The following is an interview conducted by TechTrends, a Bulgarian news outlet, in advance of my Keynote speech at the 2019 Re:Logia Arts and Technology conference in Sofia.
My answers were translated into Bulgarian, and can be read on the TechTrends website.
To learn more about Nokia Bell Labs involvement at the Re:Logia conference, visit the project page that covers the event.
To learn more about the exciting projects happening in Nokia Bell Labs, visit https://www.bell-labs.com/
Industrial design was, and still is, key to democratising technology. By allowing technology to be used by non-experts, it has now become ubiquitous. From simple and intuitive controls on hardware devices, to clean and easy-to-navigate interfaces on screens, using smart tools has never been easier. It's simply amazing how we've come to take for granted the things we can achieve, how non-technical experts can carry out these amazingly complex tasks, and only by using a few touch swipes on our smart devices.
The field of industrial design has changed in a countless manner of ways over the years. For me, some of the most notable changes of late have been the rise of User Experience design (UX) and design thinking in recent years, and a general appreciation of the design field. I believe people are a lot more conscious of when something doesn't work, or is designed poorly. This is doubly true for our technical interactions. If you look at the form of a traditional product, say a chair or a door, the form of an object denotes how it is to be used.
However, once the function is handled by electronics, the form is actually irrelevant and the user is at the mercy of the UX design. And UX is more important than ever the more connected we get, as more and more complex data has to be filtered down and presented to the user in a way that they can easily consume it, and change it with the touch of a smart phone.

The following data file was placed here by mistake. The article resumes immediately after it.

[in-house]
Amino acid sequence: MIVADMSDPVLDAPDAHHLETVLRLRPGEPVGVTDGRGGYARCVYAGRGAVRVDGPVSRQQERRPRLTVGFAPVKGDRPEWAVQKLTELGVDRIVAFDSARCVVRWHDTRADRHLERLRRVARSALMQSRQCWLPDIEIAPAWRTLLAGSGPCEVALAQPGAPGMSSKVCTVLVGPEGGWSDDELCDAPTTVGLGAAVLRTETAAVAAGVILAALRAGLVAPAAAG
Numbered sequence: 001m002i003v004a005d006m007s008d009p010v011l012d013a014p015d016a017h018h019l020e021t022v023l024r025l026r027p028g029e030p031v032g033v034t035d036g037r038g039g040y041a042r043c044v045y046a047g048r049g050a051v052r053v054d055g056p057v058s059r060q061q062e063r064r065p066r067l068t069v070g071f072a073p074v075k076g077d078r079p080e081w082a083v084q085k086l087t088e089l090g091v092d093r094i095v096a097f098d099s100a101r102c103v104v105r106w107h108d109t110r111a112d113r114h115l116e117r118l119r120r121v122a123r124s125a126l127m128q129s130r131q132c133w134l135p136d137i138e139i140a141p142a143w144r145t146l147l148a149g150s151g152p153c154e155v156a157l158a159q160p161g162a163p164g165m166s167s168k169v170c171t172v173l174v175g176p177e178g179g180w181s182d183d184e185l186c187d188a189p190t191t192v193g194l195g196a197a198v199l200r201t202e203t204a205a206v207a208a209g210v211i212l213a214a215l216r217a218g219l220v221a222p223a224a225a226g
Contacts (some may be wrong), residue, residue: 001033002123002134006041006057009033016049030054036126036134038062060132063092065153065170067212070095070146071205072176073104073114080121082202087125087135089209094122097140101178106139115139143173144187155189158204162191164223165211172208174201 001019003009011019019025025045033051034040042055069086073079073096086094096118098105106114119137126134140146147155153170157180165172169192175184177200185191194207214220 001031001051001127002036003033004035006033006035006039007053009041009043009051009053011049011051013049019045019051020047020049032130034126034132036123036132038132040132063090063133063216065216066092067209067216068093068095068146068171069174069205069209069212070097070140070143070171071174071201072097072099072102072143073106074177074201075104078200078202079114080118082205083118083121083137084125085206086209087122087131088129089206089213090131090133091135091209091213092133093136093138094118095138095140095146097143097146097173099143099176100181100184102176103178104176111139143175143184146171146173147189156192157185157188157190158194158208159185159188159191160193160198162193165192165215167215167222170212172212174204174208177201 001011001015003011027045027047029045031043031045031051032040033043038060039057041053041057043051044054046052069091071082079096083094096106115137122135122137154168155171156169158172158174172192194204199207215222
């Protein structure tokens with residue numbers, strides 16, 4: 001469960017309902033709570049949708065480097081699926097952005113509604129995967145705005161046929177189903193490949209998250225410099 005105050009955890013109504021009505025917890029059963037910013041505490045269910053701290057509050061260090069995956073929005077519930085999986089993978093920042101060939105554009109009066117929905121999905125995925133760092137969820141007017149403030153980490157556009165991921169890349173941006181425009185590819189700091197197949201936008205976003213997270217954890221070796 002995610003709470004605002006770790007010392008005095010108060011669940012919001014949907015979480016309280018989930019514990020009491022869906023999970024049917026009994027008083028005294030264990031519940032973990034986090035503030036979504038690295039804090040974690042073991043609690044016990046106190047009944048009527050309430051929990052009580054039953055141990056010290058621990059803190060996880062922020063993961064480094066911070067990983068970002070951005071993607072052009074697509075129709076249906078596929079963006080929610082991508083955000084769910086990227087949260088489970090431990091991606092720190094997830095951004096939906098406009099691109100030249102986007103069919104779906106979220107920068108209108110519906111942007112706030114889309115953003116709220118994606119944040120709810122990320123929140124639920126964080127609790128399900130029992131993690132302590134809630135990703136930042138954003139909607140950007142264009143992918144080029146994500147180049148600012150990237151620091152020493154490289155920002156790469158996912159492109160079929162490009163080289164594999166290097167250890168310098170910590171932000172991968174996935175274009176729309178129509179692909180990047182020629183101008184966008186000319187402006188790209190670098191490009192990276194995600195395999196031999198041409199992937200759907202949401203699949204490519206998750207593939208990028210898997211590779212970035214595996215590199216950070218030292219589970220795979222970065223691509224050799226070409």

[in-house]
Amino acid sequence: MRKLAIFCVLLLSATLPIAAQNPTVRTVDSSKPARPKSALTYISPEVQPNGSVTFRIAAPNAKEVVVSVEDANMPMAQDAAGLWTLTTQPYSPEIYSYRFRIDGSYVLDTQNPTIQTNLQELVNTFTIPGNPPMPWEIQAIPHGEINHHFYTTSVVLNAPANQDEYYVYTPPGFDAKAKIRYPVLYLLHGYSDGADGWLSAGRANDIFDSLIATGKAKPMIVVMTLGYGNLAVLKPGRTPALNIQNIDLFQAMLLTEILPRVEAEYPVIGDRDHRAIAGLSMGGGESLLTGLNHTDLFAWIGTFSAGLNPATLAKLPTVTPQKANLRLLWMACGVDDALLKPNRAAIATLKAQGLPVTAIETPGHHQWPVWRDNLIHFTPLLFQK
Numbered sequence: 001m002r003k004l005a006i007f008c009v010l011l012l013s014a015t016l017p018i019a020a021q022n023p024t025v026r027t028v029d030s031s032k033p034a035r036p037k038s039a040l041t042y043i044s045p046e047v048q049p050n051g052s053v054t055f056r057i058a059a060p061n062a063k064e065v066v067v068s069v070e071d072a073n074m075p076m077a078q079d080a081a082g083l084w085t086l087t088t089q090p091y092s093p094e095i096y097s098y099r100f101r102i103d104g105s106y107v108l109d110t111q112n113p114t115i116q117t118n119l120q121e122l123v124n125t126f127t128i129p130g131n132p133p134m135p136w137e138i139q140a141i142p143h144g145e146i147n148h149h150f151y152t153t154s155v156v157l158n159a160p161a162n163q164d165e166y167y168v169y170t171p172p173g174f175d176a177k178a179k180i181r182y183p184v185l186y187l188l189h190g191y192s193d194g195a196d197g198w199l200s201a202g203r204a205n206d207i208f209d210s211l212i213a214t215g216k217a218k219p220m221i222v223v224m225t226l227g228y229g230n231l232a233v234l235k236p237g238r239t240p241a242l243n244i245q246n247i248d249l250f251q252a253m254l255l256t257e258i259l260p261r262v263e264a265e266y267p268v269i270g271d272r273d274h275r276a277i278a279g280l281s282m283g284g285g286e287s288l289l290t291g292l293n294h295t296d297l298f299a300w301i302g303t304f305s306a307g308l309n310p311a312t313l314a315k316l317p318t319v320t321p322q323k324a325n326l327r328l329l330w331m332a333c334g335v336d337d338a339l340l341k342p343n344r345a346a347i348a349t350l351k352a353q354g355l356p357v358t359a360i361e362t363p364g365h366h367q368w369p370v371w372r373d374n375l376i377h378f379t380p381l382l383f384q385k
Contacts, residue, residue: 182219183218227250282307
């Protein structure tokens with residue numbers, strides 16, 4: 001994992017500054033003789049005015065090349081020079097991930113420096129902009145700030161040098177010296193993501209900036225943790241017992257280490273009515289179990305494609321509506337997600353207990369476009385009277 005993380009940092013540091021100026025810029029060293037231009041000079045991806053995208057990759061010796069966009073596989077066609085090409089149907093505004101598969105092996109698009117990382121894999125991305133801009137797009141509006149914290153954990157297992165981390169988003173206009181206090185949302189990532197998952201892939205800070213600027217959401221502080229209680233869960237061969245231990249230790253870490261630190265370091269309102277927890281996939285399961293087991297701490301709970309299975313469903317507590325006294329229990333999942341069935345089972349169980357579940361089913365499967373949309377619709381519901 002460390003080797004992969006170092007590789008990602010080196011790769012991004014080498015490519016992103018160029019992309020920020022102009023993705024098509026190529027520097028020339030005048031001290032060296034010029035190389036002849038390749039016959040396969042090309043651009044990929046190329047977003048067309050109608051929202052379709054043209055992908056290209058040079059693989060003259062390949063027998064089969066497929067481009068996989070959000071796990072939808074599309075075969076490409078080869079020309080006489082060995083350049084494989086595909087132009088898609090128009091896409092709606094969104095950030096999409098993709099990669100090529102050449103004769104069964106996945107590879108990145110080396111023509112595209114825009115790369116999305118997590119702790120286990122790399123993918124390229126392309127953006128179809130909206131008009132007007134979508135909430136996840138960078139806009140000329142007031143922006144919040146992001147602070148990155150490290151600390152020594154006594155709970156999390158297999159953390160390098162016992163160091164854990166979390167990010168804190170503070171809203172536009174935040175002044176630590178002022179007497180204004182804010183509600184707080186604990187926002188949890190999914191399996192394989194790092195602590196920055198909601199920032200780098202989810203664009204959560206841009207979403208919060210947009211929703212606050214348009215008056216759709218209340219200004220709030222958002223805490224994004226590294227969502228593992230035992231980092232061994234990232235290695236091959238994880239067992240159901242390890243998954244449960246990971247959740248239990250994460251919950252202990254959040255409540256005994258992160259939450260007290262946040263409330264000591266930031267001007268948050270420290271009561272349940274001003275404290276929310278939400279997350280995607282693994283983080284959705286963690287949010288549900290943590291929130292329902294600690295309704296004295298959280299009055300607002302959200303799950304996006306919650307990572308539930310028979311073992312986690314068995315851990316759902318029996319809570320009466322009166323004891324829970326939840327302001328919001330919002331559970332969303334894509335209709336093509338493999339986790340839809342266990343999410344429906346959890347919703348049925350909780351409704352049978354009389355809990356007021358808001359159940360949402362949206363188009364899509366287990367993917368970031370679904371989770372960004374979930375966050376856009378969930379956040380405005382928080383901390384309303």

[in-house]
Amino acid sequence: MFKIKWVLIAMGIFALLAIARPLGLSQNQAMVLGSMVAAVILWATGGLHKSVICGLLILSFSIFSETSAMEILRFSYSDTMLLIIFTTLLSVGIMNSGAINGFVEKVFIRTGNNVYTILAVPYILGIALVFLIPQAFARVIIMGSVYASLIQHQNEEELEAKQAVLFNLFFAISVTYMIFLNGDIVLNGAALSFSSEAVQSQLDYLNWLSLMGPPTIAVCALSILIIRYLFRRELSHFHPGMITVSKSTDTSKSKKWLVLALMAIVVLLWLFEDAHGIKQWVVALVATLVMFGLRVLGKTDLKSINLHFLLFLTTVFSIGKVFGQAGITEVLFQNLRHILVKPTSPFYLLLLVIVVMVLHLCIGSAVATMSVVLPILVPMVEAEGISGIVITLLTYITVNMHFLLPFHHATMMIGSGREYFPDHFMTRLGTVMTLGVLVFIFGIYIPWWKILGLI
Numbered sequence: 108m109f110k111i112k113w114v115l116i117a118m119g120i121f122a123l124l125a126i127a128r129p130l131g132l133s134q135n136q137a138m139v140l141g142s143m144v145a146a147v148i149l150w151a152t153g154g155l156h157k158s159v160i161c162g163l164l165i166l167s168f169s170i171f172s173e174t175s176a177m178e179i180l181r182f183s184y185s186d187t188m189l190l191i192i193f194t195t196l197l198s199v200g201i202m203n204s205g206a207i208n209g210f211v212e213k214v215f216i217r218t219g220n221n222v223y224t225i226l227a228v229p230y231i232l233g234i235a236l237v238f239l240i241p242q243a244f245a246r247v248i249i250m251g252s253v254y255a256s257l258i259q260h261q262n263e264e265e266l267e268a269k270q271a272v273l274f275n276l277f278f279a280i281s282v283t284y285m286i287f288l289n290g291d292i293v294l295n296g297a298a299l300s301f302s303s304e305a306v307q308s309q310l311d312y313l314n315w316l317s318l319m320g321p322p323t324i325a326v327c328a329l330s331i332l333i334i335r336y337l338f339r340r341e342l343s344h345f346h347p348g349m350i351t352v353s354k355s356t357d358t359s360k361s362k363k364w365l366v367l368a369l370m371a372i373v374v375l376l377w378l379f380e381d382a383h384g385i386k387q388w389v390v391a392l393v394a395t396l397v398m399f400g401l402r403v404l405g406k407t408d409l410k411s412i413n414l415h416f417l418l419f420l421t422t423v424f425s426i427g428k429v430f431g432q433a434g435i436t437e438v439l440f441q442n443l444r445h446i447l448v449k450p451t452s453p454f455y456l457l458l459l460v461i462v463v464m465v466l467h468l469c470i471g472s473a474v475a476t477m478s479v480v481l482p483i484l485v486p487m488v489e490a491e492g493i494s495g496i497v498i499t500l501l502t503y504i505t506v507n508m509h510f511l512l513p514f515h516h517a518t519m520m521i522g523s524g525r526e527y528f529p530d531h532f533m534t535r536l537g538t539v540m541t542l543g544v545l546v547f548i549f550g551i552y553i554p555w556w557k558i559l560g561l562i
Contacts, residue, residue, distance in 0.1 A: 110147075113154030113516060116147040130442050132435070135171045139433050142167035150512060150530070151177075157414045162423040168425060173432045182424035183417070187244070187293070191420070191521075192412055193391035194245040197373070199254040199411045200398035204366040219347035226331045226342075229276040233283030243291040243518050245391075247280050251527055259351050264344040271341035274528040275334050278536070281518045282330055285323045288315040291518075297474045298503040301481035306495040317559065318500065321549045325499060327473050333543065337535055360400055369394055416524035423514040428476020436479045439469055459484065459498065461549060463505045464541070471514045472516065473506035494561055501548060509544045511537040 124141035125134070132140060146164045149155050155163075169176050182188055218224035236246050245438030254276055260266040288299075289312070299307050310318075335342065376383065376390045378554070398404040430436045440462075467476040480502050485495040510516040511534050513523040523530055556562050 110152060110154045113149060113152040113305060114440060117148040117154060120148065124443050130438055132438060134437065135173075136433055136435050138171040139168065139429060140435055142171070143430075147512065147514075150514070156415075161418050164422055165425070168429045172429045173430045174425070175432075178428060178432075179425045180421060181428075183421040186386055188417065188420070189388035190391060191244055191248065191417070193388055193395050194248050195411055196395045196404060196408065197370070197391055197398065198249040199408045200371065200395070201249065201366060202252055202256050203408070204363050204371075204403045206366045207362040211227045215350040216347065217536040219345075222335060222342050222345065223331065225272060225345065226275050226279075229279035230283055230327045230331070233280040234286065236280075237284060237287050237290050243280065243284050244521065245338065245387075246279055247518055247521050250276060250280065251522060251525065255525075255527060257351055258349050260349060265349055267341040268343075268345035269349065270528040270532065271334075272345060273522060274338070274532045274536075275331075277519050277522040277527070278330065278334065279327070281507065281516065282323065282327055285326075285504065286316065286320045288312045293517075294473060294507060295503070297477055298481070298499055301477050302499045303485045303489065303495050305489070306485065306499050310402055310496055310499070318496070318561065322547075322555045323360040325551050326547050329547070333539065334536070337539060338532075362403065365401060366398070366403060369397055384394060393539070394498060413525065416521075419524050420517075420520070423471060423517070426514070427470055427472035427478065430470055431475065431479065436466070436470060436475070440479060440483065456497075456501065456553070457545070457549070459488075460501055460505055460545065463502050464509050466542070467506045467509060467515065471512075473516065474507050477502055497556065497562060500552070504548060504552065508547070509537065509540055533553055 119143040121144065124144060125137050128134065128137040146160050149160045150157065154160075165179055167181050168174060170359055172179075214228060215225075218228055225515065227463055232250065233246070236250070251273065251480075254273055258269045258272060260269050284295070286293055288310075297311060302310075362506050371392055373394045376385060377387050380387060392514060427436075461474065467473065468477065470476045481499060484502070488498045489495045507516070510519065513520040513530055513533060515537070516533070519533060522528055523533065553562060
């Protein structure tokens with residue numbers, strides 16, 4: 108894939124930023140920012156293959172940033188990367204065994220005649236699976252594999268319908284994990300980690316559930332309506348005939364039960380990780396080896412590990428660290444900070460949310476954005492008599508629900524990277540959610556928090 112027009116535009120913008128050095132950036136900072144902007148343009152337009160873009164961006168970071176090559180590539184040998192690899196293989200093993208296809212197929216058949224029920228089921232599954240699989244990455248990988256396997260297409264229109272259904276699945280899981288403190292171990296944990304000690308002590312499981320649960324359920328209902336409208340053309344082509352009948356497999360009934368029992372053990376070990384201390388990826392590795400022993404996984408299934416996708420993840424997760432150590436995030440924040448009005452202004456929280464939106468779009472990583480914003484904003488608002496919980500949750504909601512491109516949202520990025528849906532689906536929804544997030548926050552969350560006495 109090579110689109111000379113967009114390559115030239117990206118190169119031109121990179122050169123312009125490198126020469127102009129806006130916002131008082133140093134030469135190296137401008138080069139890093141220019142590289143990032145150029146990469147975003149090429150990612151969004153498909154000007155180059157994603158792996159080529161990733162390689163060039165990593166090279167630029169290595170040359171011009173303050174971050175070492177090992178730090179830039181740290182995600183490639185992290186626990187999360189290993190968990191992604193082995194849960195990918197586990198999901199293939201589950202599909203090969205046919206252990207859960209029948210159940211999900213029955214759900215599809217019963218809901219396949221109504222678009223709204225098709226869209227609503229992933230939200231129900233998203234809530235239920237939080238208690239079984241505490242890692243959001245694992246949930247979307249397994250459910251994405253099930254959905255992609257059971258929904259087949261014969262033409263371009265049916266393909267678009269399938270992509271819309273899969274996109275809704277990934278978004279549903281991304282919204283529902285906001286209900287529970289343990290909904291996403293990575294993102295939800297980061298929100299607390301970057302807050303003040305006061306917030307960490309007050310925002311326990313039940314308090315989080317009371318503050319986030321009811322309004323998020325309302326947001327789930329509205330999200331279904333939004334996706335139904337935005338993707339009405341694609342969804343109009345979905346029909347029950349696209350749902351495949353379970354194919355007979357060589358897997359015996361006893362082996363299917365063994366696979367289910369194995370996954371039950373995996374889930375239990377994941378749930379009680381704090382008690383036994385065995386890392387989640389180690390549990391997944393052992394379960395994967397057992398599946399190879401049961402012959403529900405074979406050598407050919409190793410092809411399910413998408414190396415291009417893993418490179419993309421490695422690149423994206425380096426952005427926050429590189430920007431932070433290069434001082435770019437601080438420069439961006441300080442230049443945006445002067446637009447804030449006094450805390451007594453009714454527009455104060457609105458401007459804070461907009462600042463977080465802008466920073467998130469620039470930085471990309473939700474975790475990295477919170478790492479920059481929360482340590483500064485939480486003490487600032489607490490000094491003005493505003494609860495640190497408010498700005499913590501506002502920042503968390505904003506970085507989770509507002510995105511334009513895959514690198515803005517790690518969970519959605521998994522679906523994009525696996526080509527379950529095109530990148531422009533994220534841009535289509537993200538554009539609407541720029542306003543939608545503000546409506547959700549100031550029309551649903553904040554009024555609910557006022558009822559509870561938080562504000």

In the end of the day though, the goals of consumers and users is still the same; people want devices that work for them and with them, not against them. I think we're seeing a rise in personalisation, in people tailoring their products and digital experiences to suit them.
Everyone has their own unique and valid beliefs on what the most important element of industrial design is: for me, it is definitely empathy. Good design is not created in a vacuum, nor is the end product intended to live in one, which is why it is so important to fully understand who or what you're working for. When it comes to designing for users, you must keep them in mind throughout the entire process, and not lose sight of what their wants and goals are.
I'm also a big believer in the pursuit of "meaningful interactions"; in embedding value into every aspect of our built environment, be it through aesthetics, functionality, material choices, narrative or otherwise. By being considerate in our design practice, we can all work towards a society where people are more engaged in the moment-to-moment interactions, between each other, their tools, and their surroundings.
Sustainability and waste. There is still a massive problem in the manner in which devices are produced, and equally in all of us as consumers, in our attitude to using and disposing of them. There is vague consensus for people to be more eco-conscious, almost like a collective "meh, I know I should". But the next big push in industrial design has to be a move towards sustainable materials, and (to steal from Dieter Rams) encouraging a "less but better" mentality in our attitude towards our material goods.
We believe that a radically different technological landscape will require equally novel means of communication. Nokia Bell Labs and Experiments in Art and Technology (E.A.T.) are interested in creating new modes of communication that go beyond the limitations of the written and spoken word. Emerging technologies such as haptics, audio and Augmented Reality can be utilised in such a way create deeper interactions with one another at a greater frequency. Current communication technologies allow for immediate communication across great distances and obstacles; we believe the next step is in making each of those interactions more meaningful in a very practical way.
We need to take a deep look at the interactions we undertake daily, and the medium and means by which we communicate, and think about whether we find them fulfilling. Looking towards the future, we need to look at the interactions we do value; the social, the personal, the recreational, and consider how can we trigger the sensation of that experience using technology, or even augment the existing experience.